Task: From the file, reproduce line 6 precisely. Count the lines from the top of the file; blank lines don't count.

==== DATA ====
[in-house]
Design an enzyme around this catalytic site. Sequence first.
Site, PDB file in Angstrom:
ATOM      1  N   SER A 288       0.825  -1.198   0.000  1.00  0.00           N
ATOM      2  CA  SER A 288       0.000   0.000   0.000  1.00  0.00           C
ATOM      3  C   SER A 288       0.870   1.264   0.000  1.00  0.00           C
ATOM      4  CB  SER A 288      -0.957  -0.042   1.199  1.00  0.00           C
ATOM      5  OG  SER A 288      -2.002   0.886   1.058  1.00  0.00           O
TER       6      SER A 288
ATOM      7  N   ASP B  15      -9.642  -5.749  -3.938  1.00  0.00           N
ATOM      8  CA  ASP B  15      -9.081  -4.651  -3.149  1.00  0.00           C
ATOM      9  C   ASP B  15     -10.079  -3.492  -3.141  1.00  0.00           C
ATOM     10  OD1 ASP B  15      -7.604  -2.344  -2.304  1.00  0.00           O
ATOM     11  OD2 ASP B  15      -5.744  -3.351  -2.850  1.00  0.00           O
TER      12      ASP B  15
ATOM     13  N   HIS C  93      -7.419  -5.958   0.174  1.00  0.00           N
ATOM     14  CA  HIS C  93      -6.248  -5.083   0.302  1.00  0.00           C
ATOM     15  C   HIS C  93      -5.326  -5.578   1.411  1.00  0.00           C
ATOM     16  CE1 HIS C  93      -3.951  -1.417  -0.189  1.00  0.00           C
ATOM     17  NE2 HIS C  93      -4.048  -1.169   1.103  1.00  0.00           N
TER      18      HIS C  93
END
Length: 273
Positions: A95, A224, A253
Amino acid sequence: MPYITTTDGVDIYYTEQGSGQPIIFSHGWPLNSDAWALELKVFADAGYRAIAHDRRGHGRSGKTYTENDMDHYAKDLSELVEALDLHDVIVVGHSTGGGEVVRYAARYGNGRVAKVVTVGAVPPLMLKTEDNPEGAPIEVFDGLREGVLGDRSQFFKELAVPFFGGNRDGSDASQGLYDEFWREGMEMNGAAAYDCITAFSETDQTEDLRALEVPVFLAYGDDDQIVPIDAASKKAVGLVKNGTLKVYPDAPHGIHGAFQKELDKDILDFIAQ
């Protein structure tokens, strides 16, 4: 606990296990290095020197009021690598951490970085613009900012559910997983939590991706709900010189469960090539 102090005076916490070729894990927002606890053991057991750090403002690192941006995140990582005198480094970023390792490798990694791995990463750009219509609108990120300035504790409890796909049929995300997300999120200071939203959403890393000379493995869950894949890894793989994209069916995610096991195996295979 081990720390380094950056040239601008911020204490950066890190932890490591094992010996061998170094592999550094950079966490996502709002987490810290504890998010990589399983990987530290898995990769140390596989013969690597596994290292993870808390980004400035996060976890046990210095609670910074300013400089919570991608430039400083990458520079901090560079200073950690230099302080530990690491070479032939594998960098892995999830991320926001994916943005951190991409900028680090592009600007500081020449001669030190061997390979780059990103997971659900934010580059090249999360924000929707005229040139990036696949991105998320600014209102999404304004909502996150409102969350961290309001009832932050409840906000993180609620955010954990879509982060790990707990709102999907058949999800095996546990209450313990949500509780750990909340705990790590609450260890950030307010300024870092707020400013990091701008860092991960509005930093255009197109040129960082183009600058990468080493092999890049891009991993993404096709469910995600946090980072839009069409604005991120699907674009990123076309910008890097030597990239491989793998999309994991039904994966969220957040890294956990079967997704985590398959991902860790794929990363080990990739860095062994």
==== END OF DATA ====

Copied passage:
ATOM      3  C   SER A 288       0.870   1.264   0.000  1.00  0.00           C